Next Article in Journal / Special Issue
Representation of Linguistic Information Determines Its Susceptibility to Memory Interference
Previous Article in Journal
Reprogramming Cells for Brain Repair
Previous Article in Special Issue
Neural Correlates of Processing Passive Sentences
Article Menu

Export Article

Open AccessArticle
Brain Sci. 2013, 3(3), 1229-1243; doi:10.3390/brainsci3031229

The Neural Correlates of Abstract and Concrete Words: Evidence from Brain-Damaged Patients

Department of Psychology, University of Milano-Bicocca, Piazza dell'Ateneo Nuovo 1, Building U6, Milan 20126, Italy
*
Author to whom correspondence should be addressed.
Received: 31 May 2013 / Revised: 19 July 2013 / Accepted: 22 July 2013 / Published: 7 August 2013
(This article belongs to the Special Issue Brain and Language)
View Full-Text   |   Download PDF [1054 KB, uploaded 7 August 2013]   |  

Abstract

Neuropsychological and activation studies on the neural correlates of abstract and concrete words have produced contrasting results. The present study explores the anatomical substrates of abstract/concrete words in 22 brain-damaged patients with a single vascular lesion either in the right or left hemisphere. One hundred and twenty (60 concrete and 60 abstract) noun triplets were used for a semantic similarity judgment task. We found a significant interaction in word type × group since left temporal brain-damaged patients performed significantly better with concrete than abstract words. Lesion mapping of patients with predominant temporal damage showed that the left superior and middle temporal gyri and the insula were the areas of major overlapping, while the anterior portion of the left temporal lobe was generally spared. Errors on abstract words mainly concerned (although at a non-significant level) semantically associate targets, while in the case of concrete words, coordinate targets were significantly more impaired than associate ones. Our results suggest that the left superior and middle temporal gyri and the insula are crucial regions in processing abstract words. They also confirm the hypothesis of a semantic similarity vs. associative organization of concrete and abstract concepts. View Full-Text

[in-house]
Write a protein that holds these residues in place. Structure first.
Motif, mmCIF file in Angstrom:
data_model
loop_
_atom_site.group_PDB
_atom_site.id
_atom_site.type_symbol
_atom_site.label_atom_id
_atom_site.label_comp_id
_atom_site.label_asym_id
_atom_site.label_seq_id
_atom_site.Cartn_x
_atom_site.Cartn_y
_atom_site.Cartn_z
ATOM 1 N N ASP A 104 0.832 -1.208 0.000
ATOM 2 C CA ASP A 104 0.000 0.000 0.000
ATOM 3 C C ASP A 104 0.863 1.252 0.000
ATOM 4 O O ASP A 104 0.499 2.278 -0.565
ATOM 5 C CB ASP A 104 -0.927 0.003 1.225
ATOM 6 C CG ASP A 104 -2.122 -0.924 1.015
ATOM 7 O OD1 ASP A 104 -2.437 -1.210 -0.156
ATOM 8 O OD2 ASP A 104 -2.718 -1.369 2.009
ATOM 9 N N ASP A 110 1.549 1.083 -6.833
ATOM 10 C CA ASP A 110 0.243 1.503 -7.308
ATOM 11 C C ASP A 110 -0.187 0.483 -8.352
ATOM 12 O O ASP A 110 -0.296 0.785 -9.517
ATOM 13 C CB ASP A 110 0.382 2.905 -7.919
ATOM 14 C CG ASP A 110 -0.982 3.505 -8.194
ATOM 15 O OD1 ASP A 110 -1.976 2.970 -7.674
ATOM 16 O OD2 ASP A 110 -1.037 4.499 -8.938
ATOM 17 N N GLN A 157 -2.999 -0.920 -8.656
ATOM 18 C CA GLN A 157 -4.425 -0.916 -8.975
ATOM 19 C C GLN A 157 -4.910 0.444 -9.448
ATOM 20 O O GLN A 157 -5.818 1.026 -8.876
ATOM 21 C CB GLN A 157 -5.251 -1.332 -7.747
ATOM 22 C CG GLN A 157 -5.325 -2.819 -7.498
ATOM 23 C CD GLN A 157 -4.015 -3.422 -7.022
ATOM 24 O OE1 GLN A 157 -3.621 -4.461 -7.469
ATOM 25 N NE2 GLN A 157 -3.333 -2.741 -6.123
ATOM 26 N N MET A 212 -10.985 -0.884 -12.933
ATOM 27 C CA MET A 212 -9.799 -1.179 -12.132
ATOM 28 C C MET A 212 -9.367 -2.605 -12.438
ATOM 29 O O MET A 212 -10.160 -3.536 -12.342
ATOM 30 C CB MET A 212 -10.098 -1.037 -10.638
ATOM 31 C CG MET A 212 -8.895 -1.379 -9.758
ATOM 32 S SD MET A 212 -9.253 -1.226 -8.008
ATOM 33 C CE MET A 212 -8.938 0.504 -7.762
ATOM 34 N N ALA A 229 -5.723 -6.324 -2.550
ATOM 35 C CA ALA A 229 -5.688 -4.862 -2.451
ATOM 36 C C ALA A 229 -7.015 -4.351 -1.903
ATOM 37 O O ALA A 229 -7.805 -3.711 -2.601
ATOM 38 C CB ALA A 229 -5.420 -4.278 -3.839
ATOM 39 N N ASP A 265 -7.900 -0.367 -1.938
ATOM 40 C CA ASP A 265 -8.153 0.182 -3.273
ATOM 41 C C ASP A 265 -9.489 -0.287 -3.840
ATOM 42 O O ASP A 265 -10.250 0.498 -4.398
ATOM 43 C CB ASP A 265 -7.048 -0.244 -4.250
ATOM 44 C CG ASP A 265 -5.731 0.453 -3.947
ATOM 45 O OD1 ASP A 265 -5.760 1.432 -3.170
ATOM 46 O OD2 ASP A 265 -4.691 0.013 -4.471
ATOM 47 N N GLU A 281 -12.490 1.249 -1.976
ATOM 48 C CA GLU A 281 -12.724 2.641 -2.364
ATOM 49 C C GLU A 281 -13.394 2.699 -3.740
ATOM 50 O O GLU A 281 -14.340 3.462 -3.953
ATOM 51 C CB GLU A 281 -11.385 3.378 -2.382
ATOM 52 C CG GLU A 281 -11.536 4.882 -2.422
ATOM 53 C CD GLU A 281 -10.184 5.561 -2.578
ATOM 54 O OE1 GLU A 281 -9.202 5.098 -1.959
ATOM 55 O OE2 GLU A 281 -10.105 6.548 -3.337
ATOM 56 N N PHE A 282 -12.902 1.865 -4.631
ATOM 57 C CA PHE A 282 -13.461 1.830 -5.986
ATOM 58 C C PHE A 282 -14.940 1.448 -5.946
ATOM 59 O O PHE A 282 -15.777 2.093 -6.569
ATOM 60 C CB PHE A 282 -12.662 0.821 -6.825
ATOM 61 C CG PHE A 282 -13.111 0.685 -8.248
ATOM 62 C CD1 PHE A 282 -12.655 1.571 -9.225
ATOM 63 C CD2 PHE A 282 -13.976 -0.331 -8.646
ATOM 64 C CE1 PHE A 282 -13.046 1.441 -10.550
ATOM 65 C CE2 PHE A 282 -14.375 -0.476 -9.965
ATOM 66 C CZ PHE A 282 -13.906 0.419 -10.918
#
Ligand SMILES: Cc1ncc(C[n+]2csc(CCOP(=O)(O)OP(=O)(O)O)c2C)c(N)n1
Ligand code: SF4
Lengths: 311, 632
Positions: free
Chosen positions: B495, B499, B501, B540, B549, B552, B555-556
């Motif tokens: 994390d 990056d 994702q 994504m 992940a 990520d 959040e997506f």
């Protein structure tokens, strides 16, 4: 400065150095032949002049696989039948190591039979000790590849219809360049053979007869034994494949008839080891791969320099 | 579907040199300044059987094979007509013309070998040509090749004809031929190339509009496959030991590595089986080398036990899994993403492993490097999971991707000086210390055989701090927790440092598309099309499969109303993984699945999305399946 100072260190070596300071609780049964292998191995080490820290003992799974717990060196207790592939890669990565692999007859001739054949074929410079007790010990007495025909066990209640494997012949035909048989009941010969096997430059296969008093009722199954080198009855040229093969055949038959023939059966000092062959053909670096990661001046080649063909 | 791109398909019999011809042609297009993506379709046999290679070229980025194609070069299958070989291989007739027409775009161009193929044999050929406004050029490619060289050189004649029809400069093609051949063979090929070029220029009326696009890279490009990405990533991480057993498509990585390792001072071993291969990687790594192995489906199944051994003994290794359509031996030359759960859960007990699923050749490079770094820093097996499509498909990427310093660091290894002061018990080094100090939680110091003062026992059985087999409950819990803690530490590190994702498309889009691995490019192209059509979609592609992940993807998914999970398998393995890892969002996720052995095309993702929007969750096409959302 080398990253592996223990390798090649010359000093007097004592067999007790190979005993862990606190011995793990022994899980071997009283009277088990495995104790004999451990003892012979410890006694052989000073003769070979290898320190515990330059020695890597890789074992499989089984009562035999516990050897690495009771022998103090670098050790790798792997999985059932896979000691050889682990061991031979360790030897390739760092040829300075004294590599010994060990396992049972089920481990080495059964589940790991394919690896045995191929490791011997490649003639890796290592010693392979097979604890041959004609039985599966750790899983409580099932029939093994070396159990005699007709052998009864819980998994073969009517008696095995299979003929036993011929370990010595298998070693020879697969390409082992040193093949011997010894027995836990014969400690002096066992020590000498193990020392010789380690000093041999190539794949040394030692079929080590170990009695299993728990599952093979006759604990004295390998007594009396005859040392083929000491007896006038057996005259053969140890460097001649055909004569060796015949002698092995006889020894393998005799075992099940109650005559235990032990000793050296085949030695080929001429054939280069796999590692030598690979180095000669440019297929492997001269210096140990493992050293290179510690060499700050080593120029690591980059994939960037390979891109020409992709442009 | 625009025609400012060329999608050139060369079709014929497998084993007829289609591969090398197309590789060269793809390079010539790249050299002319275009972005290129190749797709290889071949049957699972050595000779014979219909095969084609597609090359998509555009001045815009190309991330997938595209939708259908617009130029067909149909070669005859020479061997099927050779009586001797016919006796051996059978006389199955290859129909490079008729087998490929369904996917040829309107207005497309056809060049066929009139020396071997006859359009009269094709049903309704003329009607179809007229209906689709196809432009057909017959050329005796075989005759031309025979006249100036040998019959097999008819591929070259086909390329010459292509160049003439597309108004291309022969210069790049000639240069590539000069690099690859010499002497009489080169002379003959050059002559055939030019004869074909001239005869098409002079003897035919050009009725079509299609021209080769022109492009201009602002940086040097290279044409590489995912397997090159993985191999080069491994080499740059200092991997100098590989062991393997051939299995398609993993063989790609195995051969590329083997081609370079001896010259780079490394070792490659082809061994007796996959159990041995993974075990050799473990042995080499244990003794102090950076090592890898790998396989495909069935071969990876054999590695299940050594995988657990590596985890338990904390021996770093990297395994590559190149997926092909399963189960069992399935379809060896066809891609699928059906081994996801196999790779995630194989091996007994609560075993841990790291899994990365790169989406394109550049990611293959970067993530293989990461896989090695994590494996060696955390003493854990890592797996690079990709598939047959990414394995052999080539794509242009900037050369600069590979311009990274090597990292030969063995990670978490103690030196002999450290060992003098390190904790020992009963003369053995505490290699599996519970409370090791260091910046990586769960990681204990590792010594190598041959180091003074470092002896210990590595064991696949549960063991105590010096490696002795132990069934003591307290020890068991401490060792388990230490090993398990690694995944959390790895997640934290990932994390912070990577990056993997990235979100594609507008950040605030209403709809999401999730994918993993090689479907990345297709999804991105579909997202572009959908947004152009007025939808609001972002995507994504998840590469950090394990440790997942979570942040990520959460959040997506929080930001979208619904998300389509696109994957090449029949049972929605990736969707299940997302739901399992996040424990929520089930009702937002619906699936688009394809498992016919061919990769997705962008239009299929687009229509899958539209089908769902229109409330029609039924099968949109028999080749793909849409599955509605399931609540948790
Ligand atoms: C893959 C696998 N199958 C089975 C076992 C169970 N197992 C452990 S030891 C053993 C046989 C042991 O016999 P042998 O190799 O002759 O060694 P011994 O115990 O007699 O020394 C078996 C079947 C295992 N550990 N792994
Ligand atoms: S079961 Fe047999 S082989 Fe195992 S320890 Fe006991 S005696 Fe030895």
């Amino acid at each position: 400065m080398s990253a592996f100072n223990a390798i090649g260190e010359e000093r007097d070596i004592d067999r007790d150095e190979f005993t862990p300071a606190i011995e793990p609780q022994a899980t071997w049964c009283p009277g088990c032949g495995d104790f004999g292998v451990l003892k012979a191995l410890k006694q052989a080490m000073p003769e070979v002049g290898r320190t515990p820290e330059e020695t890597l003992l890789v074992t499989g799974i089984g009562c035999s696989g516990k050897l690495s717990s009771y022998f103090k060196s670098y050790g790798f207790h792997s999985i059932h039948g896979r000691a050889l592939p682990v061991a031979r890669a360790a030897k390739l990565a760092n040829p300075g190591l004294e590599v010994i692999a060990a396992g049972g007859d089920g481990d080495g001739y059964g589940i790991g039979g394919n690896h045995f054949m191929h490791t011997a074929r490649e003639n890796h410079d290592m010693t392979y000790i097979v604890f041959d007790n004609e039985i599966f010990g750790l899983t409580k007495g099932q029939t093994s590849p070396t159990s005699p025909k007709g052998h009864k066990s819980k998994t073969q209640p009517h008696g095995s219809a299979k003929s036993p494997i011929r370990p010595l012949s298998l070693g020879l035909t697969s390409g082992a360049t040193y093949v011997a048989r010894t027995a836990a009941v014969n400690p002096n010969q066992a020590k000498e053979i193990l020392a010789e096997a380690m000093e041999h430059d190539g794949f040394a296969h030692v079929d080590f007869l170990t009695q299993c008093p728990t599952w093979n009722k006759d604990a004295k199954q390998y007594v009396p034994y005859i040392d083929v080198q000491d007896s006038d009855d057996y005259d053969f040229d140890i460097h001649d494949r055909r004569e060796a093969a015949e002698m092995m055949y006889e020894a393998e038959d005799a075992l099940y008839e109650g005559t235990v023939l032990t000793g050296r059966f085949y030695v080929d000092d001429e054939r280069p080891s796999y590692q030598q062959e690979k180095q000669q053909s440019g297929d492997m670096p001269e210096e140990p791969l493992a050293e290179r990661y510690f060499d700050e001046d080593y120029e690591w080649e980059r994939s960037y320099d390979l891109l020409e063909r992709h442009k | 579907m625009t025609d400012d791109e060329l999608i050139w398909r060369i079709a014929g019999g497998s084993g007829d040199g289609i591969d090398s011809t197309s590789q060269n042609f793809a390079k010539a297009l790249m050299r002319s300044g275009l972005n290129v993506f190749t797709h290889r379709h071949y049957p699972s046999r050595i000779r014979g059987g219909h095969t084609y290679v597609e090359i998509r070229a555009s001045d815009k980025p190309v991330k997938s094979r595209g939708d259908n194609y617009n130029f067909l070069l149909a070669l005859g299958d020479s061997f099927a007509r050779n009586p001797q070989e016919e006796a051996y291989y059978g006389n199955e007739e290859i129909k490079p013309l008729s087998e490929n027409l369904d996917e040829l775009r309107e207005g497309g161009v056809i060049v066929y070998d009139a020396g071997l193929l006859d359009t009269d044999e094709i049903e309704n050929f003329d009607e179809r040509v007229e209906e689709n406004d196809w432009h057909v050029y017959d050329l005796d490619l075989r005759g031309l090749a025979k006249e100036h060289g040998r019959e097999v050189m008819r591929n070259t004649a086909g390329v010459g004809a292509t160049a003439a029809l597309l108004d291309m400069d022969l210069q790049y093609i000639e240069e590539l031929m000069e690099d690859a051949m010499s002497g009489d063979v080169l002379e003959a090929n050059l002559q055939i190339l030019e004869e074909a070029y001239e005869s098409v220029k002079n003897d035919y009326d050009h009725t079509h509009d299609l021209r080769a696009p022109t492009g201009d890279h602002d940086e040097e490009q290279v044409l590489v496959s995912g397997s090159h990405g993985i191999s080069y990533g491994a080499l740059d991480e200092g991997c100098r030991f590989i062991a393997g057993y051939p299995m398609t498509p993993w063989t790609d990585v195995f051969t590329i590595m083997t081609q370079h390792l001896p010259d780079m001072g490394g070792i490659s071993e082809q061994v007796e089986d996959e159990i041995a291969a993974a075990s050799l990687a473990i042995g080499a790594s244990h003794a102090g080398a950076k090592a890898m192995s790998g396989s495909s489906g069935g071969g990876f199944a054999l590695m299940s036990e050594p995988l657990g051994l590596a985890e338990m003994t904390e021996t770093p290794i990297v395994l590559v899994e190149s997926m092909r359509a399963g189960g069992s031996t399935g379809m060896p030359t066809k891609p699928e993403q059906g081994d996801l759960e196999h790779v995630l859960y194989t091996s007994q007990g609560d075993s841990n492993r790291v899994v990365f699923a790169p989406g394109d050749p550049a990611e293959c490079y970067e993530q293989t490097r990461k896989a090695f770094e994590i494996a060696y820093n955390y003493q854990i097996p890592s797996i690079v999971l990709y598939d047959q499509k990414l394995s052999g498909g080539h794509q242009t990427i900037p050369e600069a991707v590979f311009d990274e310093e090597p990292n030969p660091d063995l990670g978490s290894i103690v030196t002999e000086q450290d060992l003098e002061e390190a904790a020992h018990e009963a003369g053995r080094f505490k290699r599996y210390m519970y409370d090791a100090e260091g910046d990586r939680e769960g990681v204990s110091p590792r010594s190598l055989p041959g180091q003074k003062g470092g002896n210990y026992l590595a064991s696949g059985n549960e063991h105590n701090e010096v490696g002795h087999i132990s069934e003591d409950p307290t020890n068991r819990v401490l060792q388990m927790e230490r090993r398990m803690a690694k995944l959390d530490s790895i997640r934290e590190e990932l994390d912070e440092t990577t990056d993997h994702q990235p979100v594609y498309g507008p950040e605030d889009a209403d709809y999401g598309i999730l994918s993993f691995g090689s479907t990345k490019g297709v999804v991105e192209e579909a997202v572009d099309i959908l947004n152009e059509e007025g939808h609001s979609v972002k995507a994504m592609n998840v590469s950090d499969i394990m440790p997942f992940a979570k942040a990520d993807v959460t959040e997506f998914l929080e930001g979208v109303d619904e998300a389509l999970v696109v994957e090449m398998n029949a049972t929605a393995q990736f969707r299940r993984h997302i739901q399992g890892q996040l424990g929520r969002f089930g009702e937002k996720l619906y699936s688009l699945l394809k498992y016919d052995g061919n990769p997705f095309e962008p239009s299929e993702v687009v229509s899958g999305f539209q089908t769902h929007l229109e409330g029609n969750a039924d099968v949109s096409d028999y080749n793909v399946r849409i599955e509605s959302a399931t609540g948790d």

Keywords: concreteness; temporal lobe; insula; associative vs. categorical architecture concreteness; temporal lobe; insula; associative vs. categorical architecture
This is an open access article distributed under the Creative Commons Attribution License (CC BY 3.0).

Scifeed alert for new publications

Never miss any articles matching your research from any publisher
  • Get alerts for new papers matching your research
  • Find out the new papers from selected authors
  • Updated daily for 49'000+ journals and 6000+ publishers
  • Define your Scifeed now

SciFeed Share & Cite This Article

MDPI and ACS Style

Papagno, C.; Martello, G.; Mattavelli, G. The Neural Correlates of Abstract and Concrete Words: Evidence from Brain-Damaged Patients. Brain Sci. 2013, 3, 1229-1243.

Show more citation formats Show less citations formats

Related Articles

Article Metrics

Article Access Statistics

1

Comments

[Return to top]
Brain Sci. EISSN 2076-3425 Published by MDPI AG, Basel, Switzerland RSS E-Mail Table of Contents Alert
Back to Top